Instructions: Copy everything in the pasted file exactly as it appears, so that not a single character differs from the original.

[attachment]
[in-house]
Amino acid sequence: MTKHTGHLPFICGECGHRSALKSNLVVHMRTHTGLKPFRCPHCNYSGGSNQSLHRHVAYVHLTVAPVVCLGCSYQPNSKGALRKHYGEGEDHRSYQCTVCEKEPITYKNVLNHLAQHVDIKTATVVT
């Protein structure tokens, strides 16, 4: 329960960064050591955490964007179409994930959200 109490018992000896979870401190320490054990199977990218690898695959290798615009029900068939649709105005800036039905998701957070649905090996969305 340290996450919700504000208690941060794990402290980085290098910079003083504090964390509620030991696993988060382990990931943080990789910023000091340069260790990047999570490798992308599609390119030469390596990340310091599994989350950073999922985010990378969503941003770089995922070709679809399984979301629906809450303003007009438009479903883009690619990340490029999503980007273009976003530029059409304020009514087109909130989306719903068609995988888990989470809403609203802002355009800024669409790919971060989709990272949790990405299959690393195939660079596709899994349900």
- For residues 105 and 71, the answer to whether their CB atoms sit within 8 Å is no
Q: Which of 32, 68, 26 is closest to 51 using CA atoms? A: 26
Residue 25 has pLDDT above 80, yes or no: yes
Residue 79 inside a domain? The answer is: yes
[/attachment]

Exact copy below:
[in-house]
Amino acid sequence: MTKHTGHLPFICGECGHRSALKSNLVVHMRTHTGLKPFRCPHCNYSGGSNQSLHRHVAYVHLTVAPVVCLGCSYQPNSKGALRKHYGEGEDHRSYQCTVCEKEPITYKNVLNHLAQHVDIKTATVVT
């Protein structure tokens, strides 16, 4: 329960960064050591955490964007179409994930959200 109490018992000896979870401190320490054990199977990218690898695959290798615009029900068939649709105005800036039905998701957070649905090996969305 340290996450919700504000208690941060794990402290980085290098910079003083504090964390509620030991696993988060382990990931943080990789910023000091340069260790990047999570490798992308599609390119030469390596990340310091599994989350950073999922985010990378969503941003770089995922070709679809399984979301629906809450303003007009438009479903883009690619990340490029999503980007273009976003530029059409304020009514087109909130989306719903068609995988888990989470809403609203802002355009800024669409790919971060989709990272949790990405299959690393195939660079596709899994349900």
- For residues 105 and 71, the answer to whether their CB atoms sit within 8 Å is no
Q: Which of 32, 68, 26 is closest to 51 using CA atoms? A: 26
Residue 25 has pLDDT above 80, yes or no: yes
Residue 79 inside a domain? The answer is: yes